It's a cold day in 1942, during World War II, inside a Nazi concentration camp in Germany. A young boy looks beyond the barbed wire and sees a young girl pass by. She noticed him too and is moved by his presence. In an effort to give expression to her feelings, she throws a red apple over the fence.
The young boy bends over and picks up the apple.
A ray of hope had just pierced his darkness.
The following day, thinking he is crazy for even entertaining the notion of seeing this young girl again, he looks out beyond the fence, hoping. On the other side of the barbed wire, the young girl yearns to see again this tragic figure that moves her so. She comes again prepared with apple in hand.
Despite another day of wintry blizzards and chilling air, two hearts are warmed once again as the apple passes over the barbed wire. This scene is repeated for several days. The two young spirits on opposite sides of the fence look forward to seeing each other, if only for a moment and if only to exchange a few words. The interaction is always accompanied by an exchange of the deepest, heartwarming feelings.
At the last of these momentary meetings, the young boy greets his sweet friend with a frown and says, "Tomorrow, don’t bring me an apple, I will not be here. They are sending me to another camp."
The young boy walks away, too heartbroken to look back.
From that day forward, the calming image of the sweet girl would appear to him in moments of anguish. Her eyes, her words, her thoughtfulness, her red apple, were a recurring vision of hope that would break his nighttime sweats.
His family died in the war, and the life he had known had all but vanished. But this one memory remained alive and gave him hope.
In 1957, in the U.S., two adults, both immigrants, are set up on a blind date. "And where were you during the war?" inquires the woman.
"I was in a concentration camp in Germany," the man replies.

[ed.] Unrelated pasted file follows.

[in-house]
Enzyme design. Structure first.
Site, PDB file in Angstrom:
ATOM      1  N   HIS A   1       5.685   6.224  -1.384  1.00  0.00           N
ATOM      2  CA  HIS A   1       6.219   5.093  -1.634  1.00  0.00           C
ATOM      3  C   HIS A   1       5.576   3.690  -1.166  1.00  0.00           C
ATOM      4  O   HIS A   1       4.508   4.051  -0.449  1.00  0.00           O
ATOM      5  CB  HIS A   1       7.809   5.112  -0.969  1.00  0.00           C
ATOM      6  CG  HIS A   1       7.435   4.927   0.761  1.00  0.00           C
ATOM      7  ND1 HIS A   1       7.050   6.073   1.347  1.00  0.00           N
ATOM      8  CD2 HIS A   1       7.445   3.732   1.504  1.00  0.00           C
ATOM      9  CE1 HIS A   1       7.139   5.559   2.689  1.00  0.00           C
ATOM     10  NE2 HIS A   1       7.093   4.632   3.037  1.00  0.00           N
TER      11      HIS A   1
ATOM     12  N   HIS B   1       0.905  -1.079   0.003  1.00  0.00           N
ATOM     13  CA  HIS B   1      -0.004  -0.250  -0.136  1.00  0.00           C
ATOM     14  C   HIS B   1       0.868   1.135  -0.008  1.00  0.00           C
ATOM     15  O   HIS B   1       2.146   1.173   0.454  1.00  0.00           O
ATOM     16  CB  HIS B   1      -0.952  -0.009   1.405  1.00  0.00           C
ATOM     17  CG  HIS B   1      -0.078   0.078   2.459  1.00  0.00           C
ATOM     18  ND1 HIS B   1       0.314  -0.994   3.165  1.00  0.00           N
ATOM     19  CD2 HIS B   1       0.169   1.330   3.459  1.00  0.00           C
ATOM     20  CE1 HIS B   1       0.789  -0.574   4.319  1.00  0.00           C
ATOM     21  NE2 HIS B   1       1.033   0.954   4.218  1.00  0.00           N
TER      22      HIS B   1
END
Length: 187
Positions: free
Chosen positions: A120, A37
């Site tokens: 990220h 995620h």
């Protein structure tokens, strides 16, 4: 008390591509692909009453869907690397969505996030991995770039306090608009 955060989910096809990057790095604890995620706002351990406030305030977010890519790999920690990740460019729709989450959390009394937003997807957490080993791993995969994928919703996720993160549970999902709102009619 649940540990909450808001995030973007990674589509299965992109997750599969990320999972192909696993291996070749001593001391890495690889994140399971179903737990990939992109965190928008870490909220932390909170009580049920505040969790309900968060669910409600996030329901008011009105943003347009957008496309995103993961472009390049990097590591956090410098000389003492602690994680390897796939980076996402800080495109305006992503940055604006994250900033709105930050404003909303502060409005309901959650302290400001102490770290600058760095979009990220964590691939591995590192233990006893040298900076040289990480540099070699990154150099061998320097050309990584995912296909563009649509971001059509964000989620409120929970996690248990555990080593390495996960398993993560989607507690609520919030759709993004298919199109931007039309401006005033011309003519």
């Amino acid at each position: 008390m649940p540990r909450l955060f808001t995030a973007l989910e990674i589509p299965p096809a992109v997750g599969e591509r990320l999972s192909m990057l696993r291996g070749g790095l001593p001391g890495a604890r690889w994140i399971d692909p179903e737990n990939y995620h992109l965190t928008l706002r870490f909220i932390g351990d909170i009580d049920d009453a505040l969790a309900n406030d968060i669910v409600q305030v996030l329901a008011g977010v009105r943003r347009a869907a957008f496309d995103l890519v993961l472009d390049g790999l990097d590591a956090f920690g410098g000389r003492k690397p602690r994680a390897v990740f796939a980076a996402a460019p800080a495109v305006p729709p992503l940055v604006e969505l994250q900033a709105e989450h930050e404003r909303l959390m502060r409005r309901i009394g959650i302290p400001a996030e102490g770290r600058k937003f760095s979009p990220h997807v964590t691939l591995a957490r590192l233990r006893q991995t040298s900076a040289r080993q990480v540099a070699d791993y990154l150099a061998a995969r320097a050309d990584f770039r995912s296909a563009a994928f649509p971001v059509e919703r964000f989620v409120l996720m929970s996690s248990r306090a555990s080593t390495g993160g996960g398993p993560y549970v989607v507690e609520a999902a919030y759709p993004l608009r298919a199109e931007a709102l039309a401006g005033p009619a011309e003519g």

"I was in a concentration camp also" says the woman, "and I remember I used to throw apples over the fence to a boy who was in the opposite section of the camp," she recalls.
With a feeling of shock, the man speaks. "And did that boy say to you one day: ‘Don’t bring an apple anymore because I am being sent to another camp'?" "Why, yes," she responds, "but how could you possibly know that?"
He looks into her eyes and says, "I was that young boy."
There is a brief silence, and then he continues, "I was separated from you then, and I don’t ever want to be without you again." There and then, he asks her to marry him. They embrace one another as she says, "Yes."
The most fortunate couple in today’s story have been married for just over 60 years, proving once again that miracles do happen. Our darkest moments, in God’s plan, are often the seeds of the brightest tomorrow.
Fr. Hugh Duffy holds a Ph.D. from the University of Hull, England. Born in Donegal, Ireland, he was ordained in 1966 in Dublin, Ireland. He is pastor emeritus of Sacred Heart Catholic Church, Okeechobee, Florida, where he served for 30 years and built a new Church, debt-free, in 2013. He founded Christian Community Action (CCA) in Ireland that built housing for seniors, a sheltered workshop and bakery for people with disabilities, a community center, and an addiction treatment center. Since 2013 he has traveled across America as an Outreach Priest for Cross Catholic Outreach, Inc. Duffy’s recent book, "What is This Thing Called Faith?" is a collection of meditations with reflections for readers on the sayings of Jesus. For more of his reports — Click Here Now.
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